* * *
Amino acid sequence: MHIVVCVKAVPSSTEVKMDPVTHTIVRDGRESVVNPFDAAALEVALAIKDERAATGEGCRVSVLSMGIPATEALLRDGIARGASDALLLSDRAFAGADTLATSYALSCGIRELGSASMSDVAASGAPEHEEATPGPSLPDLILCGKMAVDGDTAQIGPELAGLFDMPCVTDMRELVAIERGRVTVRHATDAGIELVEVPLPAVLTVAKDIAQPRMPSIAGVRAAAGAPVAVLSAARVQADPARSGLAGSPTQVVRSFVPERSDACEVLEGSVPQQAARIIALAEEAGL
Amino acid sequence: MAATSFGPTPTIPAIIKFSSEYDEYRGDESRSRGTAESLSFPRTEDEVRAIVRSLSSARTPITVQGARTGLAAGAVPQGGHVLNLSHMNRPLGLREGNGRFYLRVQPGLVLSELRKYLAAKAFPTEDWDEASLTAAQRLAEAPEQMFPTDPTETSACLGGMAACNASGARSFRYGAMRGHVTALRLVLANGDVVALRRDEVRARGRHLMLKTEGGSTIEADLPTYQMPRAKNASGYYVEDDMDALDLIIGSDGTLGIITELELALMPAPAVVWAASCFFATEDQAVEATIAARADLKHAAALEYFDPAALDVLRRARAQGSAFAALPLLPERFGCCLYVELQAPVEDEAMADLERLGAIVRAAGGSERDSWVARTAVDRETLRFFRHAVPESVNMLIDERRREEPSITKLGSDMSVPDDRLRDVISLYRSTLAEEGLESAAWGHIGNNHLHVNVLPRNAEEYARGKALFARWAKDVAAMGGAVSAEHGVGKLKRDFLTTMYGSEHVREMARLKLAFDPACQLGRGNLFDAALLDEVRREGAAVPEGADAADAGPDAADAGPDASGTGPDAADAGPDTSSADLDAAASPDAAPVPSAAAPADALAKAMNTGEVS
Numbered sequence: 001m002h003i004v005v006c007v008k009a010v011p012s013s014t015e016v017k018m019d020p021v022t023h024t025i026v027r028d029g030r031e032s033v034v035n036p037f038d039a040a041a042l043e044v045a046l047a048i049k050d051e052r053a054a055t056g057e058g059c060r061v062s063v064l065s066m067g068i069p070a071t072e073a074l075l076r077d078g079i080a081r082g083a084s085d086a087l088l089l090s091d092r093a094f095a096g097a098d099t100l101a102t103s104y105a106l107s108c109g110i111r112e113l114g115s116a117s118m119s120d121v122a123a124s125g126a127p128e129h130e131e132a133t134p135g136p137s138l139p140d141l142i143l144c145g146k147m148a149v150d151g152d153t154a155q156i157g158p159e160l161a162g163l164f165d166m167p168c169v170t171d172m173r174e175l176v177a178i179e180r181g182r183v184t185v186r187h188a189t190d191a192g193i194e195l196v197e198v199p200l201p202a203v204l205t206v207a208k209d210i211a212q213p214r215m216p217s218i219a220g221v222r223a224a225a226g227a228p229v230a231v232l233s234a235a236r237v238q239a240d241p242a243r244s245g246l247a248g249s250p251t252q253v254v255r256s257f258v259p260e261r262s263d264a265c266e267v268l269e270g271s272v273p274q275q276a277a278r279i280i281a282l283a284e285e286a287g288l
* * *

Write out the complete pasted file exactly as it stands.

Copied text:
Amino acid sequence: MHIVVCVKAVPSSTEVKMDPVTHTIVRDGRESVVNPFDAAALEVALAIKDERAATGEGCRVSVLSMGIPATEALLRDGIARGASDALLLSDRAFAGADTLATSYALSCGIRELGSASMSDVAASGAPEHEEATPGPSLPDLILCGKMAVDGDTAQIGPELAGLFDMPCVTDMRELVAIERGRVTVRHATDAGIELVEVPLPAVLTVAKDIAQPRMPSIAGVRAAAGAPVAVLSAARVQADPARSGLAGSPTQVVRSFVPERSDACEVLEGSVPQQAARIIALAEEAGL
Amino acid sequence: MAATSFGPTPTIPAIIKFSSEYDEYRGDESRSRGTAESLSFPRTEDEVRAIVRSLSSARTPITVQGARTGLAAGAVPQGGHVLNLSHMNRPLGLREGNGRFYLRVQPGLVLSELRKYLAAKAFPTEDWDEASLTAAQRLAEAPEQMFPTDPTETSACLGGMAACNASGARSFRYGAMRGHVTALRLVLANGDVVALRRDEVRARGRHLMLKTEGGSTIEADLPTYQMPRAKNASGYYVEDDMDALDLIIGSDGTLGIITELELALMPAPAVVWAASCFFATEDQAVEATIAARADLKHAAALEYFDPAALDVLRRARAQGSAFAALPLLPERFGCCLYVELQAPVEDEAMADLERLGAIVRAAGGSERDSWVARTAVDRETLRFFRHAVPESVNMLIDERRREEPSITKLGSDMSVPDDRLRDVISLYRSTLAEEGLESAAWGHIGNNHLHVNVLPRNAEEYARGKALFARWAKDVAAMGGAVSAEHGVGKLKRDFLTTMYGSEHVREMARLKLAFDPACQLGRGNLFDAALLDEVRREGAAVPEGADAADAGPDAADAGPDASGTGPDAADAGPDTSSADLDAAASPDAAPVPSAAAPADALAKAMNTGEVS
Numbered sequence: 001m002h003i004v005v006c007v008k009a010v011p012s013s014t015e016v017k018m019d020p021v022t023h024t025i026v027r028d029g030r031e032s033v034v035n036p037f038d039a040a041a042l043e044v045a046l047a048i049k050d051e052r053a054a055t056g057e058g059c060r061v062s063v064l065s066m067g068i069p070a071t072e073a074l075l076r077d078g079i080a081r082g083a084s085d086a087l088l089l090s091d092r093a094f095a096g097a098d099t100l101a102t103s104y105a106l107s108c109g110i111r112e113l114g115s116a117s118m119s120d121v122a123a124s125g126a127p128e129h130e131e132a133t134p135g136p137s138l139p140d141l142i143l144c145g146k147m148a149v150d151g152d153t154a155q156i157g158p159e160l161a162g163l164f165d166m167p168c169v170t171d172m173r174e175l176v177a178i179e180r181g182r183v184t185v186r187h188a189t190d191a192g193i194e195l196v197e198v199p200l201p202a203v204l205t206v207a208k209d210i211a212q213p214r215m216p217s218i219a220g221v222r223a224a225a226g227a228p229v230a231v232l233s234a235a236r237v238q239a240d241p242a243r244s245g246l247a248g249s250p251t252q253v254v255r256s257f258v259p260e261r262s263d264a265c266e267v268l269e270g271s272v273p274q275q276a277a278r279i280i281a282l283a284e285e286a287g288l